Memories and beauty captured in Africa Memory is among the themes featuring at the African Biennale of Photography in Mali's capital, Bamako:
Image copyright Athi-Patra Ruga Image caption Miss Azania - Exile is Waiting is the work of South African artist Athi-Patra Ruga, who uses myth and alternative identities "as a contemporary response to the post-apartheid era". Image copyright Fototala King Massassy Image caption The only Malian to be included in the collection, Fototala King Massassy, puts this down to generations of Malian photographers "tending to fall back on tradition". Image copyright Sarah Waiswa Image caption Stranger in a Familiar Land is the work of Uganda's Sarah Waiswa, who says she left a job in the corporate world to follow her passion for "creating visual poetry". Image copyright Girma Berta Image caption "The beautiful, the ugly and all that is in between" are what 27-year-old self-taught photographer Girma Berta says he tries to capture in his work. Im..
The street dancers who dream big Image copyright Olivia Acland Street dancers in Sierra Leone have a bad reputation - they're often branded as thieves and troublemakers. Dance troupe Roughest Bounds does much to challenge this image. The group, made up of 12 members, is determined to make it big, despite social and financial struggles.
Image copyright Olivia Acland Slim, 17, has been dancing since he was seven.
"When I started dancing at school I realised I had a talent," he says. "People told me I was good and it felt so great to dance and be applauded. I decided I really wanted to pursue this."
Image copyright Olivia Acland But the road has not been easy. Slim's father kicked him out of his house, telling him that he couldn't make money dancing in Africa.
Now the group stays together in a two-room apartment belonging to their manager, Samuel, who spotted them dancing on the streets last year and decided to support their talent.
They share three thin foam mattress..
Life after Ebola It has been four years since the Ebola virus outbreak in the West African states of Liberia, Guinea and Sierra Leone was first reported. Photographer Hugh Kinsella Cunningham has been back to document the people still living with the legacy of the disease.
Image copyright Hugh Kinsella Cunningham The outbreak in 2014 caused more deaths than all the others combined since the virus was discovered in 1976.
The virus affected poverty-stricken areas such as Liberia's West Point, where for many, just coping and surviving are everyday victories.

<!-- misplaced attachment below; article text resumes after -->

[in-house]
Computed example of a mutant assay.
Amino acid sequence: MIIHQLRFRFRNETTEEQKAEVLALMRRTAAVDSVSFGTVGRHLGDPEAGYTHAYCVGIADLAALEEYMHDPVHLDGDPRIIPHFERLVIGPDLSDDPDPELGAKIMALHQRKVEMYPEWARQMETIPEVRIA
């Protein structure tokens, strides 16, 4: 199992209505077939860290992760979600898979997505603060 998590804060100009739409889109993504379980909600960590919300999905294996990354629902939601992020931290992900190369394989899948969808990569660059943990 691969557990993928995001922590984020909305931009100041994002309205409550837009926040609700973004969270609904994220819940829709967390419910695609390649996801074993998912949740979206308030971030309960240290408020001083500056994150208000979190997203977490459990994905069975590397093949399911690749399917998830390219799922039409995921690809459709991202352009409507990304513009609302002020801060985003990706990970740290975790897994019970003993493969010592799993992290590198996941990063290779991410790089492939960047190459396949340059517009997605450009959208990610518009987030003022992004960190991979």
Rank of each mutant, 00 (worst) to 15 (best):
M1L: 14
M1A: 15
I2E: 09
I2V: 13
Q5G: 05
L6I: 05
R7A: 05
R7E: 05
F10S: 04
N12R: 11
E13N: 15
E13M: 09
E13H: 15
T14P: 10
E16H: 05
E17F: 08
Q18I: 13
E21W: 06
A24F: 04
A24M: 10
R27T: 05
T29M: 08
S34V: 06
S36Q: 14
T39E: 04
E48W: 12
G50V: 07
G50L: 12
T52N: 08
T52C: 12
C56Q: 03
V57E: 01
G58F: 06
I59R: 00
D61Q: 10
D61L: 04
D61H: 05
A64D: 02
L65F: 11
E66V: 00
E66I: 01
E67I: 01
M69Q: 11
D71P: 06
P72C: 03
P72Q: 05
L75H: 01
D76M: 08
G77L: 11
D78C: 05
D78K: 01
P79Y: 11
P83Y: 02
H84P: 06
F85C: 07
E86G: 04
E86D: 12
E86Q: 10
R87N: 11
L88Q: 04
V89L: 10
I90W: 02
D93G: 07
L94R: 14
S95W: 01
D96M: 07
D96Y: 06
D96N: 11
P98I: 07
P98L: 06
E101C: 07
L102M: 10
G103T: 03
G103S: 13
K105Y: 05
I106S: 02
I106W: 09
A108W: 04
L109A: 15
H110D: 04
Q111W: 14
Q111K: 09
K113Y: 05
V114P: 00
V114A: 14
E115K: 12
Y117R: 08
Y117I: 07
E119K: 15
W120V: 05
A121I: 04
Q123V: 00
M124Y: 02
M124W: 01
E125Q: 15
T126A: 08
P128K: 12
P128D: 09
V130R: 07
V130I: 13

West Point is a densely populated township in Monrovia. When the government imposed a curfew and quarantined the area in a bid to halt the deadly outbreak there was unrest and rioting.
Image copyright Hugh Kinsella Cunningham Eva Nah's grandson was killed by police while he was protesting at the quarantine. "All he wanted was to play football and become a mechanic," she says. "His father and mother died so I was everythin..
Water power: How one pump is helping an entire community Image copyright Aisha Augie-Kuta / WaterAid Dodging hippos along the Niger river, photographer Aisha Augie-Kuta reached the remote village of Norandé. It is here that she connected with a community that, despite its proximity to the river, faces a daily struggle for clean water.
Despite the countries' shared border, what Augie-Kuta saw was a far cry from that back home in Nigeria. With ox carts carrying water from the river through the dry landscape, she says travelling to the region is going back in time compared with her modern home in Nigeria's capital city, Abuja.
In Niger, nine out of 10 people do not have a decent toilet and half the population does not have access to safe water. Drinking dirty water from the Niger river exposed people in Norandé to potentially fatal diseases, including cholera and diarrhoea, as well as regular bouts of stomach pain and dermatitis.
Recently, a borehole for drinking water was dri..
In pictures: Winnie Madikizela-Mandela memorial Thousands of people have attended a memorial service in South Africa to commemorate the life of Winnie Madikizela-Mandela. The anti-apartheid campaigner and ex-wife of Nelson Mandela, South Africa's first black president, died on 2 April.